Statue | St. Louis Public Radio

Statue

The Christopher Columbus statue has been a source of controversy over the last few years due to Columbus's violent history.
Chad Davis | St. Louis Public Radio

The Christopher Columbus statue, which has generated controversy because of the explorer’s treatment of Native Americans, will not be removed from Tower Grove Park. 

The St. Louis park instead will add signs and markers near the statue explaining the historical context of Columbus, colonization, as well as the history of the park, according to a Facebook post Wednesday

The Christopher Columbus statue in Tower Grove Park is the site of controversy. The statue was dedicated in 1886.
Chad Davis | St. Louis Public Radio

This Columbus Day, the fate of a monument to the explorer in St. Louis’ Tower Grove Park remains unclear.

A protest is planned at the base of the statue on Monday at noon. It comes as the park is looking into whether to remove the monument to Christopher Columbus, whose legacy has become increasingly controversial in recent years.

The Christopher Columbus statue has been a source of controversy over the last few years due to Columbus's violent history.
Chad Davis | St. Louis Public Radio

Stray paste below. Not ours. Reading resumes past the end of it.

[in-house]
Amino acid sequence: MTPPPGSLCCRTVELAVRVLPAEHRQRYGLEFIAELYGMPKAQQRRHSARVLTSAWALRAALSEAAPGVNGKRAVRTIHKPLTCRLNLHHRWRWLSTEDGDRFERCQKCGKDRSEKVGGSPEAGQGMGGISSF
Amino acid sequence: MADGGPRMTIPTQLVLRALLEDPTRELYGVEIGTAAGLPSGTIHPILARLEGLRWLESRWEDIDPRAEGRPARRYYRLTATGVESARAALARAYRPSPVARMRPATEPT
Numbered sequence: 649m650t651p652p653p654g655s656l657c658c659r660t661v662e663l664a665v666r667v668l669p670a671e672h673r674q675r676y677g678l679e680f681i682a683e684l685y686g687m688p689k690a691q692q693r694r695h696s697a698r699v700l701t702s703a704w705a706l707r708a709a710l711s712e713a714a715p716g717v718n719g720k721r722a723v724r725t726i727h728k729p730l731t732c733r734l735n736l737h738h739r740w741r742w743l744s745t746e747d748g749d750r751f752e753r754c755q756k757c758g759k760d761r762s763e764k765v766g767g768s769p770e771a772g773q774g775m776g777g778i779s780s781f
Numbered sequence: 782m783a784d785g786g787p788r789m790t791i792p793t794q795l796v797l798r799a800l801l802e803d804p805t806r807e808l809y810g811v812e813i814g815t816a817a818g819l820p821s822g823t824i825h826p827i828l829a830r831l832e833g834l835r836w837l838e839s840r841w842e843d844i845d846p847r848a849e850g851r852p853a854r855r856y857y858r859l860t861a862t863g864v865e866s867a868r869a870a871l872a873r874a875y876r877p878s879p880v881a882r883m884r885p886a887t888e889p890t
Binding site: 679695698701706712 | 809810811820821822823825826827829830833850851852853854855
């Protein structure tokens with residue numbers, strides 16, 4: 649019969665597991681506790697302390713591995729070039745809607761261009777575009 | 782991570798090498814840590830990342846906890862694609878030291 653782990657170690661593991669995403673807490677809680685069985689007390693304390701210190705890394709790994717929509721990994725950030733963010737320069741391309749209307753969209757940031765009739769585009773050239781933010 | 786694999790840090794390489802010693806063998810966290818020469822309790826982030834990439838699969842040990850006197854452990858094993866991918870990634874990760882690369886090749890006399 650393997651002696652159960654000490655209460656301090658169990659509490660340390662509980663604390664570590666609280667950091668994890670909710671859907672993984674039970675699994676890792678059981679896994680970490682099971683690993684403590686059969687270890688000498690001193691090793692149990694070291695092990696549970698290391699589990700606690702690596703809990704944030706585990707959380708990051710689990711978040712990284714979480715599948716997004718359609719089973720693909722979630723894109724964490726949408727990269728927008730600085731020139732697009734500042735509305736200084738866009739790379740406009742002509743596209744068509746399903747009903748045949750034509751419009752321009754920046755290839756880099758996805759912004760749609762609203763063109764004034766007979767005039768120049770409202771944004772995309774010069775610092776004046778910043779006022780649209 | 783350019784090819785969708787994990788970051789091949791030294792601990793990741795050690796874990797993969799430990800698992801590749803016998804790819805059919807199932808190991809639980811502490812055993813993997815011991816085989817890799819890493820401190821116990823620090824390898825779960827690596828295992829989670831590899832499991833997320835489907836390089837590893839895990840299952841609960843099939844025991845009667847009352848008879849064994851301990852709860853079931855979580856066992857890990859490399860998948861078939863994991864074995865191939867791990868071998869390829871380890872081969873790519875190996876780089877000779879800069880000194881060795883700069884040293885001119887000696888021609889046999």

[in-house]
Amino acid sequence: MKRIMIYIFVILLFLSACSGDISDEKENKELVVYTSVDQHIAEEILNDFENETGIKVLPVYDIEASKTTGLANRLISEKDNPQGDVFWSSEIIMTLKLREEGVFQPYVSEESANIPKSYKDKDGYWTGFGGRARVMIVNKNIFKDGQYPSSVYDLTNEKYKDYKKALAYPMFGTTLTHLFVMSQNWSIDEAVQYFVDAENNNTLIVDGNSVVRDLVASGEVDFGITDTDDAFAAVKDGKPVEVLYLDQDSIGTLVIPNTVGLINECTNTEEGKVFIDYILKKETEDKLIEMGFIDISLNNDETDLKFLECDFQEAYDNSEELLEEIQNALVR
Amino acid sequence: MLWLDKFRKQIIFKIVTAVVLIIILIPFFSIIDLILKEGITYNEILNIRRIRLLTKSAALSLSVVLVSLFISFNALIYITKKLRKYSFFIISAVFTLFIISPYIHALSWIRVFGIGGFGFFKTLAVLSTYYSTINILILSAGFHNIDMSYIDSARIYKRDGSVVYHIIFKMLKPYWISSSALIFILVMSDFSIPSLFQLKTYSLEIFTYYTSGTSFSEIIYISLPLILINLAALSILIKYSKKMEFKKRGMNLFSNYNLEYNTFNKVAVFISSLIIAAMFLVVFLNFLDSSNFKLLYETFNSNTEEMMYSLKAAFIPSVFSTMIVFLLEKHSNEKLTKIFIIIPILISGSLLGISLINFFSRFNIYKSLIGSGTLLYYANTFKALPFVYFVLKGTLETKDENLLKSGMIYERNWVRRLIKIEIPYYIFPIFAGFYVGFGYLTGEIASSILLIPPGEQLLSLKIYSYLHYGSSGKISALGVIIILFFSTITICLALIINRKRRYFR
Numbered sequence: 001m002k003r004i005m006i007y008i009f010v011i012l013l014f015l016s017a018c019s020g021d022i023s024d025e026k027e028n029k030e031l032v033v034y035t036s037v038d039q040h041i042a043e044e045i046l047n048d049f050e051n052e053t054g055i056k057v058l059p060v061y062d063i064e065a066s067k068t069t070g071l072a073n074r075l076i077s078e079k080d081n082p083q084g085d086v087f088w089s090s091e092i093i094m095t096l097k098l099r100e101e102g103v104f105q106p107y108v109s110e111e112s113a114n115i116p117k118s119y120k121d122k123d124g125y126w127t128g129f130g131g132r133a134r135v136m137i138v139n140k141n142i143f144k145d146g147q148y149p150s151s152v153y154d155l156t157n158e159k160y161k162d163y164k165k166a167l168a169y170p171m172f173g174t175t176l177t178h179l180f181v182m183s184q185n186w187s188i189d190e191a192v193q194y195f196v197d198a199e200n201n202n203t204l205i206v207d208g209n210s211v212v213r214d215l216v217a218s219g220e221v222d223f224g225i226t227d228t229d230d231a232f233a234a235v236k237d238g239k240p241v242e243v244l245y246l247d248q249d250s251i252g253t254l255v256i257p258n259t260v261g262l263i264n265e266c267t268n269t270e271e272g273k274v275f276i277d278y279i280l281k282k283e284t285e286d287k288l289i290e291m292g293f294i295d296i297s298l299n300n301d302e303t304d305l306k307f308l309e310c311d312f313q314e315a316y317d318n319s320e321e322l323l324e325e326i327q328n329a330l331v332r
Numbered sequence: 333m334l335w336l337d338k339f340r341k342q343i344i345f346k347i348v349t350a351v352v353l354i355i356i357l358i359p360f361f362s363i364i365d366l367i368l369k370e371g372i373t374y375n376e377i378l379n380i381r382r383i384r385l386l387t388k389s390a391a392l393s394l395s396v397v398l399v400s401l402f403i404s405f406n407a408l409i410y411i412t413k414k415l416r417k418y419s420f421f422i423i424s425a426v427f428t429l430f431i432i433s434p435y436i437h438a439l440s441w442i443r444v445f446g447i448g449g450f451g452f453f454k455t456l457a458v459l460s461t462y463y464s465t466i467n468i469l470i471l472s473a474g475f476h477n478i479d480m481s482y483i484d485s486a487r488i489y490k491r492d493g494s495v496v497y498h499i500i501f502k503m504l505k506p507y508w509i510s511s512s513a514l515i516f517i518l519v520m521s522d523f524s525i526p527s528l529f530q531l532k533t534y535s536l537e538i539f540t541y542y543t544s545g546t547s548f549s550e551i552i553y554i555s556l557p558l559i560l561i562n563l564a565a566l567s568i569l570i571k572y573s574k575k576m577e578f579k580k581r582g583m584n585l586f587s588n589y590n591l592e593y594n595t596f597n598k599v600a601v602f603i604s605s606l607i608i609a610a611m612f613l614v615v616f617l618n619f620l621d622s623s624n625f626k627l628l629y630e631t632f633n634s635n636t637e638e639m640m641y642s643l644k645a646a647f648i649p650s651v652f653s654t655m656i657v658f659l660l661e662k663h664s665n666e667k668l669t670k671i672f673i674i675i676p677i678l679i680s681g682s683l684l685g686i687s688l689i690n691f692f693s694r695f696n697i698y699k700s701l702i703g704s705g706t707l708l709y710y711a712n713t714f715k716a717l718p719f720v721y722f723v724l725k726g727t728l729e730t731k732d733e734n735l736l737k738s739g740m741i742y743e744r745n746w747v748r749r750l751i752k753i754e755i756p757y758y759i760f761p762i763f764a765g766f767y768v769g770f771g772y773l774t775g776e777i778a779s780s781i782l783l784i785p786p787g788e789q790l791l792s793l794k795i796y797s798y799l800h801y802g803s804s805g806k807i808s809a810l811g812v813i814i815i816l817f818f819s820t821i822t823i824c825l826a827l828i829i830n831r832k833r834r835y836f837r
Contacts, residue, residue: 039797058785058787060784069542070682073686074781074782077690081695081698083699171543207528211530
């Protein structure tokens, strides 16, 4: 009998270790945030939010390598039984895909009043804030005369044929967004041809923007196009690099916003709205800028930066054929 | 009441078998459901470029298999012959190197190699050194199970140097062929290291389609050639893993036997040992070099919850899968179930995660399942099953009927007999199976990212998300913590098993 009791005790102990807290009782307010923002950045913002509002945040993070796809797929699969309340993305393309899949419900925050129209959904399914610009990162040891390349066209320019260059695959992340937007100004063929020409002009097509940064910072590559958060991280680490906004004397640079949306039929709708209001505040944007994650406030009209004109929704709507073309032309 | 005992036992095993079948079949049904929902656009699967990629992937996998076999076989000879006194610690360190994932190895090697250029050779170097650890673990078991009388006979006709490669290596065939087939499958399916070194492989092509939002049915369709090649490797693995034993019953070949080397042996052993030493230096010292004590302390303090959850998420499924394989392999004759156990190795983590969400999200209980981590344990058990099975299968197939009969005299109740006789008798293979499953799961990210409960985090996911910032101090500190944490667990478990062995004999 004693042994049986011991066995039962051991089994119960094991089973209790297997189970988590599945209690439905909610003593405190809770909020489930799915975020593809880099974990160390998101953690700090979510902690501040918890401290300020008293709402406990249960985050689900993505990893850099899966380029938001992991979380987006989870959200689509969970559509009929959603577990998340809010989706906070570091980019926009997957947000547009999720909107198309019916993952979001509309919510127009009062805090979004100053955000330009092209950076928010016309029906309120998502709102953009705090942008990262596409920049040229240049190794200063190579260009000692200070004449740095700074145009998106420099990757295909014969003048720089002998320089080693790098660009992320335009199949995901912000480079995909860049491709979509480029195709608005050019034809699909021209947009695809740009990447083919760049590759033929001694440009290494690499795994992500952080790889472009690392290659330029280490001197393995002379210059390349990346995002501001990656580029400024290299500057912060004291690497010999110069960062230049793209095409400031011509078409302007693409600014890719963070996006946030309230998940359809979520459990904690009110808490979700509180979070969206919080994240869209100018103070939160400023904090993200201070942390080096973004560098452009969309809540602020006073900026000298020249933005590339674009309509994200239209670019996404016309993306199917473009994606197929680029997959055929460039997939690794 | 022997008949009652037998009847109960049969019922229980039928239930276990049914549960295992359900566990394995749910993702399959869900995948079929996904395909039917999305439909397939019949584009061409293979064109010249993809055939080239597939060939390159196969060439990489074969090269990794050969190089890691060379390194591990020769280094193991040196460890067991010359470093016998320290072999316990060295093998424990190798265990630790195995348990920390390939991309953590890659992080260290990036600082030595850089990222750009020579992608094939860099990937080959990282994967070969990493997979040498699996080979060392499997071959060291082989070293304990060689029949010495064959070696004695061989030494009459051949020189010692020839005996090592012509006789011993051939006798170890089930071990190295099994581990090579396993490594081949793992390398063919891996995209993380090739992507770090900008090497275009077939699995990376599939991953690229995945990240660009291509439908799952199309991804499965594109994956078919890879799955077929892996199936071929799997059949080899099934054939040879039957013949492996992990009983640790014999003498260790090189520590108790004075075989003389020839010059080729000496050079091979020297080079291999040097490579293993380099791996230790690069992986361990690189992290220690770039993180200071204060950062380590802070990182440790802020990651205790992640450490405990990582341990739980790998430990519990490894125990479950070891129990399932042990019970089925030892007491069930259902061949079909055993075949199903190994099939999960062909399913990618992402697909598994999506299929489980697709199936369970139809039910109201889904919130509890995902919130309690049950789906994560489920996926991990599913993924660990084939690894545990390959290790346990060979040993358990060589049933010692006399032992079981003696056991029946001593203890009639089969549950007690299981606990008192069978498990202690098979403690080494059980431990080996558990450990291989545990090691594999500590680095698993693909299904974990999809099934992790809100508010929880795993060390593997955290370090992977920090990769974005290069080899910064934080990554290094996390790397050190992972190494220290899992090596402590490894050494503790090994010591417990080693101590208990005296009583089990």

Discussions about removing the Christopher Columbus statue in Tower Grove Park have re-emerged.

Activists have banded together to plan an event, Plotting in the Park for Columbus removal. The event, posted on Facebook, takes place on Sept. 1. The brainchild of Chris Singer, the gathering aims at reaching out to community members to discuss what actions can be taken to remove the statue. Singer said Columbus’ controversial conduct with indigenous peoples should not be celebrated.

Efforts Underway To Erect Statue Of Miles Davis In Alton

Aug 23, 2013
Brickstreet Design in Alton, IL

Plans are in motion to erect a bronze statue of jazz musician Miles Davis at his birthplace in Alton, Ill.  The city council of Alton gave its approval in July, and sculptor Preston Jackson has been commissioned to build the statue.

Jackson's design was selected out of a pool of ten. A professor emeritus from the School of the Art Institute of Chicago, Jackson is also a musician and lover of jazz music.

A statue and a forum for Dred and Harriet Scott

Jun 5, 2012

This article first appeared in the St. Louis Beacon, June 5, 2012 - One hundred and fifty-five years ago this month, the U.S. Supreme Court decided the Dred Scott case that denied citizenship to former slaves. Now two events are coming up in June that will give people a chance to reflect on the importance of the decision and look ahead at its continuing implications.

A new statue is being unveiled at the Old Courthouse at 3 p.m. June 8. And the St. Louis Beacon is hosting a discussion of the decision on June 27.